Again, we’ll turn to Paul Koullick of Keeper for the scoop.

“If you meet with clients in a home gym and only use that space for work,” Paul said, “you can claim the home office deduction. That lets you write off a portion of all your home expenses: rent, utilities, even driveway repairs — since you want to prevent your clients’ cars from getting damaged on the drive in.”

To find this dollar amount, “you’ll take the business-use percentage of these costs… by dividing the square footage of your home gym by the total square footage of your place.”

Business Expenses

Business expenses can be a variety of items, but for personal trainers specifically, we’ll turn to Michael Hamlin, a personal trainer himself and Founder of Everflex Fitness

“You can deduct any expenses that are directly related to your business,” Michael said, “such as equipment, advertising and marketing costs, and office supplies.”

Michael also mentioned travel expenses: “If you travel for business purposes, you can deduct expenses such as airfare, hotel stays, and rental cars.”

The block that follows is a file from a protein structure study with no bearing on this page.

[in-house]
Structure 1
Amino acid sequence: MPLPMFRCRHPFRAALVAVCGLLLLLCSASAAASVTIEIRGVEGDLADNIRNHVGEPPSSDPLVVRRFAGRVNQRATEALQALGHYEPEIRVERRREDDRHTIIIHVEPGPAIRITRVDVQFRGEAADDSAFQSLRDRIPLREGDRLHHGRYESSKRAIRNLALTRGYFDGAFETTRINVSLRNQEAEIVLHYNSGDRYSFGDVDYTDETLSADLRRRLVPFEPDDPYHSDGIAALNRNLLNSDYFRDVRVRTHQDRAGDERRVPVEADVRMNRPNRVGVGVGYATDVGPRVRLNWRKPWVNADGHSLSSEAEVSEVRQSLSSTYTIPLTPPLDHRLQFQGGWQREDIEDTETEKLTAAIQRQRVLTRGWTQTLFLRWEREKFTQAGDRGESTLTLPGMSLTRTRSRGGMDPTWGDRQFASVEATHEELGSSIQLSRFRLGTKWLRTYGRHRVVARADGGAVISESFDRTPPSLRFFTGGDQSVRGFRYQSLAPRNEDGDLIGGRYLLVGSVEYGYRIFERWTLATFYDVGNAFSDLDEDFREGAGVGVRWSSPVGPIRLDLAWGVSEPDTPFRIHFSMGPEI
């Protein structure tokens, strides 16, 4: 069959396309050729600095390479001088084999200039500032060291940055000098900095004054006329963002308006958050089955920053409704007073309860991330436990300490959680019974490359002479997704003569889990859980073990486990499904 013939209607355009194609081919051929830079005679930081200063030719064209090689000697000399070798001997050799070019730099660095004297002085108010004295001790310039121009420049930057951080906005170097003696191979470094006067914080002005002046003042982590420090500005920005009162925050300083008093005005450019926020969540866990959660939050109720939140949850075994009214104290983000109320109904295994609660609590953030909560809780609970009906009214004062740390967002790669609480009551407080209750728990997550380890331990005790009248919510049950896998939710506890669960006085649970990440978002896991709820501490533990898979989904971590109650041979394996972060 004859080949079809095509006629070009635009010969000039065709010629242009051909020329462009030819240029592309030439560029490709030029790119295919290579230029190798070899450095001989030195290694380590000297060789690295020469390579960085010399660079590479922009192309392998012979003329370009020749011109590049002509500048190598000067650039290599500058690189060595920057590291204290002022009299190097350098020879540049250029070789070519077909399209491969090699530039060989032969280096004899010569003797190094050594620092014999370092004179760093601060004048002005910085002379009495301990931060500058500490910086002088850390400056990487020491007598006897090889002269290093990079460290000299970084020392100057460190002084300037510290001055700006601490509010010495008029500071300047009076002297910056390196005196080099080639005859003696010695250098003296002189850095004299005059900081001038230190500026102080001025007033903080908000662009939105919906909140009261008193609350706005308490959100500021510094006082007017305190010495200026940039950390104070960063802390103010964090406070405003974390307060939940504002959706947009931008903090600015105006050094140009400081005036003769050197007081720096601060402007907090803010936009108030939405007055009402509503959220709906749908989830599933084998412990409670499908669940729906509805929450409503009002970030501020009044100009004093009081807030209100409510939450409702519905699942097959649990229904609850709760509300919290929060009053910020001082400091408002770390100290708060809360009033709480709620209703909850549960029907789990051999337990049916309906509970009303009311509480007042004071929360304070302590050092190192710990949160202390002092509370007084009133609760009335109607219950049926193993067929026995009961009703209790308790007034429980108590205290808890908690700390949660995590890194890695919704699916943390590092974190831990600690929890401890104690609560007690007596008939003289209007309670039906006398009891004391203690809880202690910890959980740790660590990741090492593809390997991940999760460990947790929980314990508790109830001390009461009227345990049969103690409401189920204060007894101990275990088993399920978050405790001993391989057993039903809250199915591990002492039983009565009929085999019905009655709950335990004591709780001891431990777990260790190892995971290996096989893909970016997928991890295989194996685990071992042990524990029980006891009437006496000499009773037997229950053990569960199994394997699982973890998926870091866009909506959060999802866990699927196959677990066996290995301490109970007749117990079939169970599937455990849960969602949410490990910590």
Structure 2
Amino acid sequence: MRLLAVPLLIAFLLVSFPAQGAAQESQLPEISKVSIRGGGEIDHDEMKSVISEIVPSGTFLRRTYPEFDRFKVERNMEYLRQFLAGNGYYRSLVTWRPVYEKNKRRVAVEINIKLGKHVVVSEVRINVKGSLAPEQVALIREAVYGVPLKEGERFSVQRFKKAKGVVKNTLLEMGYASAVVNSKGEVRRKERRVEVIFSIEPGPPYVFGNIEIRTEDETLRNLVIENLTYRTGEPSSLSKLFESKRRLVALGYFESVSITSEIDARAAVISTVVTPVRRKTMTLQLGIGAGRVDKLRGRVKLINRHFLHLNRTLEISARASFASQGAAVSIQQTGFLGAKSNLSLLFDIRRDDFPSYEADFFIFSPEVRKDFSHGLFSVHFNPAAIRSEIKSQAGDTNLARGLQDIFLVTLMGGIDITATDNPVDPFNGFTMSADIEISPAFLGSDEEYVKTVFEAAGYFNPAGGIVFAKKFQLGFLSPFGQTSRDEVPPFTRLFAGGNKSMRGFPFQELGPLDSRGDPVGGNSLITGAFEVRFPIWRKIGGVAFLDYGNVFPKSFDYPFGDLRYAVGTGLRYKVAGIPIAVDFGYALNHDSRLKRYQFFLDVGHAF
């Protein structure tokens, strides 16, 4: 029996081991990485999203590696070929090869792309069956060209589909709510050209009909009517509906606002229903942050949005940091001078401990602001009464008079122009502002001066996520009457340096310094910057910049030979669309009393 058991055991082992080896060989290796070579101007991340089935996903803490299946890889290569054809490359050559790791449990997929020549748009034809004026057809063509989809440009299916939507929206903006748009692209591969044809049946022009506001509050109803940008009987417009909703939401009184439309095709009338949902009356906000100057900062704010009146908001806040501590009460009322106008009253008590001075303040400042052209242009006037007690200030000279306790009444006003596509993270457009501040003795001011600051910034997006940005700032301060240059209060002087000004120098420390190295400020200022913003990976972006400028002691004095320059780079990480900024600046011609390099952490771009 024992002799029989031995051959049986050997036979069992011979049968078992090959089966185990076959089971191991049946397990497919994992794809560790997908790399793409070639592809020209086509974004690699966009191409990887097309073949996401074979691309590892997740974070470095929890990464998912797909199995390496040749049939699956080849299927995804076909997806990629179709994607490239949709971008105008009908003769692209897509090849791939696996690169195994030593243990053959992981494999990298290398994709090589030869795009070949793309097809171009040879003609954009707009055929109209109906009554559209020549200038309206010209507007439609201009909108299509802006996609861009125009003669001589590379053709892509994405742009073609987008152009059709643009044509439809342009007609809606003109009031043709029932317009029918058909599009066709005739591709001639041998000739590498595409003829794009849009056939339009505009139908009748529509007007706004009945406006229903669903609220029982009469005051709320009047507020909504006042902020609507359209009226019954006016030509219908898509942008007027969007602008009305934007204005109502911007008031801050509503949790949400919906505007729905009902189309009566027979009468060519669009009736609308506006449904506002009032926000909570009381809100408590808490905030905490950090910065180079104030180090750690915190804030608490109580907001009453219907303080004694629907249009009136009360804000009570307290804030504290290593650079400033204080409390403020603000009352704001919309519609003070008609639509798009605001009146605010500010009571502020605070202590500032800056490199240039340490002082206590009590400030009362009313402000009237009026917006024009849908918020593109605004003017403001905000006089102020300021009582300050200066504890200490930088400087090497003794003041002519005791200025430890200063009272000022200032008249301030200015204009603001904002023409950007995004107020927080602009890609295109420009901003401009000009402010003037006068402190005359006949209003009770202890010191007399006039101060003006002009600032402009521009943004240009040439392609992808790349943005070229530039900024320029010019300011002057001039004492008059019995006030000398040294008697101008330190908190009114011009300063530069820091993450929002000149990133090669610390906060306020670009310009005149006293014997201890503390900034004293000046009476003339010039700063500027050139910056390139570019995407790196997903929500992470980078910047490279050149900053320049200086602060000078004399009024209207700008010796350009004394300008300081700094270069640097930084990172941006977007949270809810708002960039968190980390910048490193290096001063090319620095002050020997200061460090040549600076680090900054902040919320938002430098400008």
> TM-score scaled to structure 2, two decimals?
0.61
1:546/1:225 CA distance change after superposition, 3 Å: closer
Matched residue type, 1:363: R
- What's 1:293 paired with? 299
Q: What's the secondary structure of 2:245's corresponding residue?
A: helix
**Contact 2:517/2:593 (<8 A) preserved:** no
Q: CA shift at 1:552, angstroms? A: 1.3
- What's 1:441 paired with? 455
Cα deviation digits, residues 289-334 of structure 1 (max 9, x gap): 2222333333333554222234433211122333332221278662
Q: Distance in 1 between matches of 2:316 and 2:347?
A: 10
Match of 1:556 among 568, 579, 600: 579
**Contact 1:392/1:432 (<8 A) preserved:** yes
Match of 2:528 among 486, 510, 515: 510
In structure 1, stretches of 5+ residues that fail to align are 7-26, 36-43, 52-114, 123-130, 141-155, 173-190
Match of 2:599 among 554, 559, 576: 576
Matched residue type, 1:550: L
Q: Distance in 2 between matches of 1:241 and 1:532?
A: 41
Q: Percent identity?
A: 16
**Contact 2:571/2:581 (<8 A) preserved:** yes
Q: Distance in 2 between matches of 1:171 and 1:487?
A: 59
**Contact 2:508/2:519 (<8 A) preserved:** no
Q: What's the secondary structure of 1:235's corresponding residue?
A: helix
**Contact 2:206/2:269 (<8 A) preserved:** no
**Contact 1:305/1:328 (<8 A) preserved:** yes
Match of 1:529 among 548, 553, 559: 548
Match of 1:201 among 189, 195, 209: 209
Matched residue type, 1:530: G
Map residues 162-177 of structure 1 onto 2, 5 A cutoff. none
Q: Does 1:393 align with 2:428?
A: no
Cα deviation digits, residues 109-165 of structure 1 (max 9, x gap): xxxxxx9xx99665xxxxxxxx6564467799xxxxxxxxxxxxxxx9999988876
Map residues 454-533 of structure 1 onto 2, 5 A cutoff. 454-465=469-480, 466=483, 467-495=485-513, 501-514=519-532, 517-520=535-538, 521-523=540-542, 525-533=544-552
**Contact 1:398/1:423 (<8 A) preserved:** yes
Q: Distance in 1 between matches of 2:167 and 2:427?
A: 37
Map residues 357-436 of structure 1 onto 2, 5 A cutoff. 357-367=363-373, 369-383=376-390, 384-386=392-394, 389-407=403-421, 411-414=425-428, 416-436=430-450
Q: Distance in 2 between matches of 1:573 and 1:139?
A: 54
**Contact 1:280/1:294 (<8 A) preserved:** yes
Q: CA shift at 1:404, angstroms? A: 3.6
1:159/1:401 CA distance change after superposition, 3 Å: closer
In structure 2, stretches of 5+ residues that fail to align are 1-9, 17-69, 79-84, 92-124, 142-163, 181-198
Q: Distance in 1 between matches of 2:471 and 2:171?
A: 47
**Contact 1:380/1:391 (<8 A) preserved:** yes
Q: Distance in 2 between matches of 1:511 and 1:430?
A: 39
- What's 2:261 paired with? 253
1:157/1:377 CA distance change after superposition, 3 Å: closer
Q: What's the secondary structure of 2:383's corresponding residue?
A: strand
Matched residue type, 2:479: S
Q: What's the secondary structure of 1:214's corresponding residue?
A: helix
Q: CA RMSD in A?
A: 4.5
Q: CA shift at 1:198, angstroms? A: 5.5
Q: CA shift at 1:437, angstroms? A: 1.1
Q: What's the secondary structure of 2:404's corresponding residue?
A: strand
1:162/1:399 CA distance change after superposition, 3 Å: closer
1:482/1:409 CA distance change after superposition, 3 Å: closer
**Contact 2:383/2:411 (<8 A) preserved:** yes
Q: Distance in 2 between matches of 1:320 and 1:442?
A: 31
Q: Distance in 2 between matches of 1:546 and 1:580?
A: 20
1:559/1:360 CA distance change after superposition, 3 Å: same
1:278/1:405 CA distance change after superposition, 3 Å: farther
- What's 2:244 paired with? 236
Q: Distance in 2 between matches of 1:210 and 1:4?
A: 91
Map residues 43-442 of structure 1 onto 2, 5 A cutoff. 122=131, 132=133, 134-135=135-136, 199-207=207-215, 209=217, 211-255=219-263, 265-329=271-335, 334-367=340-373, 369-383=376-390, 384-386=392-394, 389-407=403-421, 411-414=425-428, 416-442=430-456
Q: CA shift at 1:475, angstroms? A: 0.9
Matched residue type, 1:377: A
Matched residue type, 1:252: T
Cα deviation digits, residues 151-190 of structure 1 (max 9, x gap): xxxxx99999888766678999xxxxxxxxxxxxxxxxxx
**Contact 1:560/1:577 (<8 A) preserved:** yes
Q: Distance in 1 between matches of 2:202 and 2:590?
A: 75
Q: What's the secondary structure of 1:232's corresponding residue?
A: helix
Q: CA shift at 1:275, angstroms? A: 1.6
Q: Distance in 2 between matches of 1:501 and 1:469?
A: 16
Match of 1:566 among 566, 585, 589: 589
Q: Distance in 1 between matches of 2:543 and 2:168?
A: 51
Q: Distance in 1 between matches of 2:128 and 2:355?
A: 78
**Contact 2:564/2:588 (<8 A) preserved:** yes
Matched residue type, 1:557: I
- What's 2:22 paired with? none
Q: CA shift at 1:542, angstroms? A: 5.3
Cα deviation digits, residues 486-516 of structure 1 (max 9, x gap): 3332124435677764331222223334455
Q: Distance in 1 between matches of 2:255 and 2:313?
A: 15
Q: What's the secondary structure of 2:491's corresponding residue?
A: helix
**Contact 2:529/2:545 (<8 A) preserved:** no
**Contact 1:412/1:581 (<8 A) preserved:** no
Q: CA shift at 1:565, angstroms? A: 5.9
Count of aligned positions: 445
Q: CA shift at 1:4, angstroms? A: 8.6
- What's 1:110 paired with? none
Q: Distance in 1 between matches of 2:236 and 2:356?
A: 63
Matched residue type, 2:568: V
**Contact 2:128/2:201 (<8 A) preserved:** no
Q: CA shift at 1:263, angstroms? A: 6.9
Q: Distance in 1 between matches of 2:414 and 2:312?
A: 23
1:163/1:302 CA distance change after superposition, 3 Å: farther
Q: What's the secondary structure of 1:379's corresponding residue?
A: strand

Education Expenses

As a personal trainer, too, Michael Hamlin pointed out that education can be considered a deductible expense.

“If you take courses or attend seminars to improve your skills or knowledge in your field, you may be able to deduct the cost of tuition, books, and other related expenses.”

Equipment and Supplies Expenses

Jon Morgan, Founder of Venture Smarter, pointed out a big deduction for personal trainers: equipment and supplies.

This could include any gear your clients use, such as weights and machines. It could also be water stations, uniforms, and even your Spotify subscription, as long as you use it for your sessions.

Health Insurance Premiums

Michael Hamilin also pointed out that personal trainers can deduct health insurance premiums on their taxes. 

As long as you’re considered “self-employed,” Michael said, “you can deduct the cost of health insurance premiums for yourself, your spouse, and any dependents.”

Business Insurance Deductions

Most business insurance premiums are tax deductible as well.

Coverage like general liability or workers’ compensation can often be deducted as well. But be sure to check the IRS guidelines before claiming a deduction.

Retirement Plan Deductions

This was a great suggestion from a certified personal trainer, Hannah Shine, who works as a Fitness Coach with Hourglass Waist.

She told us personal trainers who “set up a retirement plan, such as an Individual Retirement Account (IRA) or a Simplified Employee Pension (SEP) plan” are able to deduct the contributions from their taxes.